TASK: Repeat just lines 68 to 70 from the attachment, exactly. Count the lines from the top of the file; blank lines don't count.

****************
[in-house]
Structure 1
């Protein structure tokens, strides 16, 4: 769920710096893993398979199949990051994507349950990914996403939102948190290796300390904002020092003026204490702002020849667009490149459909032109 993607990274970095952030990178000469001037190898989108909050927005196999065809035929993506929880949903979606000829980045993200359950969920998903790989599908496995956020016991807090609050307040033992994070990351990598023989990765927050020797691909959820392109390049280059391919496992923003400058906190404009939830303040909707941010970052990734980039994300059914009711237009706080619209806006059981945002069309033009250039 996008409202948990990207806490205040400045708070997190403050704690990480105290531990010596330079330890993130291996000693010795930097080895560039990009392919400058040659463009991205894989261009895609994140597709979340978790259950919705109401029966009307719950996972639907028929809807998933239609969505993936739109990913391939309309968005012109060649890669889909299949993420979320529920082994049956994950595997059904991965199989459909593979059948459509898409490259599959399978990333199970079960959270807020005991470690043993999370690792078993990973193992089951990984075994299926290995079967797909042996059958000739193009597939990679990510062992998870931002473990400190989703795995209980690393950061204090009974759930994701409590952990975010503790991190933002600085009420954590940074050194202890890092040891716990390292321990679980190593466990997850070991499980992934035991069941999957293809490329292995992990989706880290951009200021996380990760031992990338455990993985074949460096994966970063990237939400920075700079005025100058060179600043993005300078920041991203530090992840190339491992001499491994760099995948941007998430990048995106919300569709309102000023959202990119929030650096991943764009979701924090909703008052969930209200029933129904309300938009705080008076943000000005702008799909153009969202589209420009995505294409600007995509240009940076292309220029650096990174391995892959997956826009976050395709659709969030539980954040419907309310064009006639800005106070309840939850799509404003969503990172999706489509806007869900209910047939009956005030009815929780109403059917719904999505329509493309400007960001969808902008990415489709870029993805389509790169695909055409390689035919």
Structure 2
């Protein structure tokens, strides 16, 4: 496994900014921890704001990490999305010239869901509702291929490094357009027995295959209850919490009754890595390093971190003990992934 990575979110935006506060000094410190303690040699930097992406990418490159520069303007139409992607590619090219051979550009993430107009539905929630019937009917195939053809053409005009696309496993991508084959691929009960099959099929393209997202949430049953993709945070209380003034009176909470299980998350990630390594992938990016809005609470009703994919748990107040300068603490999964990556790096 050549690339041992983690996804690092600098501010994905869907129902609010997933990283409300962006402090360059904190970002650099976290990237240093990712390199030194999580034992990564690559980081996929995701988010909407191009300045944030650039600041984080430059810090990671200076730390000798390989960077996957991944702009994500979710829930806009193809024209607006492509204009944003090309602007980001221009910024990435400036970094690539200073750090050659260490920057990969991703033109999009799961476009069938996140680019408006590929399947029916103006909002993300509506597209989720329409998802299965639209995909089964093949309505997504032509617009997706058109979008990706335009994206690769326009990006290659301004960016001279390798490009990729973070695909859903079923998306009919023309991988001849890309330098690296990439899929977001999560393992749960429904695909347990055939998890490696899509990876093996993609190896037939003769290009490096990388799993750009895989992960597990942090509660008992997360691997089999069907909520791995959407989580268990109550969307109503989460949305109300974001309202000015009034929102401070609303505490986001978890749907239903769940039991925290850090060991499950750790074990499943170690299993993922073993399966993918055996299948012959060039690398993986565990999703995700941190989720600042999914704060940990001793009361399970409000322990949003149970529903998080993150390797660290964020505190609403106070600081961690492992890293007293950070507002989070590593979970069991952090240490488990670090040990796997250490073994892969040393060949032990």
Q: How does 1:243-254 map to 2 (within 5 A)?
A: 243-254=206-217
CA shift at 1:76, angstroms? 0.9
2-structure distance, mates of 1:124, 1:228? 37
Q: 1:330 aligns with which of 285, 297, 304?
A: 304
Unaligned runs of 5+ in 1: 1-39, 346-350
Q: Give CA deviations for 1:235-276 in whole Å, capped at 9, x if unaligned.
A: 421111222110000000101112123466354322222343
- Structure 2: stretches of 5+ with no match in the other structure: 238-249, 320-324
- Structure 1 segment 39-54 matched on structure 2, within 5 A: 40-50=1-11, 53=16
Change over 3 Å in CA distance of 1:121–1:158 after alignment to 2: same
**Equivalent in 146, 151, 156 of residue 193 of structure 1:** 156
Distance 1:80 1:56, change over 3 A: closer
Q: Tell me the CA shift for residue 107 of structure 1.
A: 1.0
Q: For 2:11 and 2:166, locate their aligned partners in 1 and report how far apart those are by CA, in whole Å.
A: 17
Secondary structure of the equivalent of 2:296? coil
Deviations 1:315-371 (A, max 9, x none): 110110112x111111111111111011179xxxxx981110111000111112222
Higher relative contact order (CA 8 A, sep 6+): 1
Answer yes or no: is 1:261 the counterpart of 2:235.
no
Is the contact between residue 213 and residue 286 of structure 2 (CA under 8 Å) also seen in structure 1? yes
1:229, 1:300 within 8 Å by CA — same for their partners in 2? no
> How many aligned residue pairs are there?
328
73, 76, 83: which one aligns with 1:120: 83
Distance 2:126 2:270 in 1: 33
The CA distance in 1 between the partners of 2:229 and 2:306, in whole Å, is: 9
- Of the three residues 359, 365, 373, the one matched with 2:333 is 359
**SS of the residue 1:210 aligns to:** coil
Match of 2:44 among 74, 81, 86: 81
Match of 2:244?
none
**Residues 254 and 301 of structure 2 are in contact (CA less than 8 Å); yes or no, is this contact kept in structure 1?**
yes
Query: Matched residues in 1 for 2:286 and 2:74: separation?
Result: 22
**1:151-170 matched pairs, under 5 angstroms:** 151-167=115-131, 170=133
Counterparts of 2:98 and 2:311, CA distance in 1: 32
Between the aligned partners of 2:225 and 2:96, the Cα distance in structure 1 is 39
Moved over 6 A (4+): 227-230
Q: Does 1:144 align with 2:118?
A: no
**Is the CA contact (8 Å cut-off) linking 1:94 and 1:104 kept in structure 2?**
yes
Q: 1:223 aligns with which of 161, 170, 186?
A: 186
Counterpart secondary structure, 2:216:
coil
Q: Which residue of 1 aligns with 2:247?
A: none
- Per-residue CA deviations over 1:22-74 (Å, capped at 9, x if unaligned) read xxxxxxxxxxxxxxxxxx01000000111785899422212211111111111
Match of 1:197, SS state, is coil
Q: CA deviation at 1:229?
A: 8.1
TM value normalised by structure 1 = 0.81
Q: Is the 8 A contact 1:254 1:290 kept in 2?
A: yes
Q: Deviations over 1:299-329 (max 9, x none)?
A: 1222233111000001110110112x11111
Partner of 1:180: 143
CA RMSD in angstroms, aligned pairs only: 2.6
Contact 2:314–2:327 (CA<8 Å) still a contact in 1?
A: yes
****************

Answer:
Partner of 1:180: 143
CA RMSD in angstroms, aligned pairs only: 2.6
Contact 2:314–2:327 (CA<8 Å) still a contact in 1?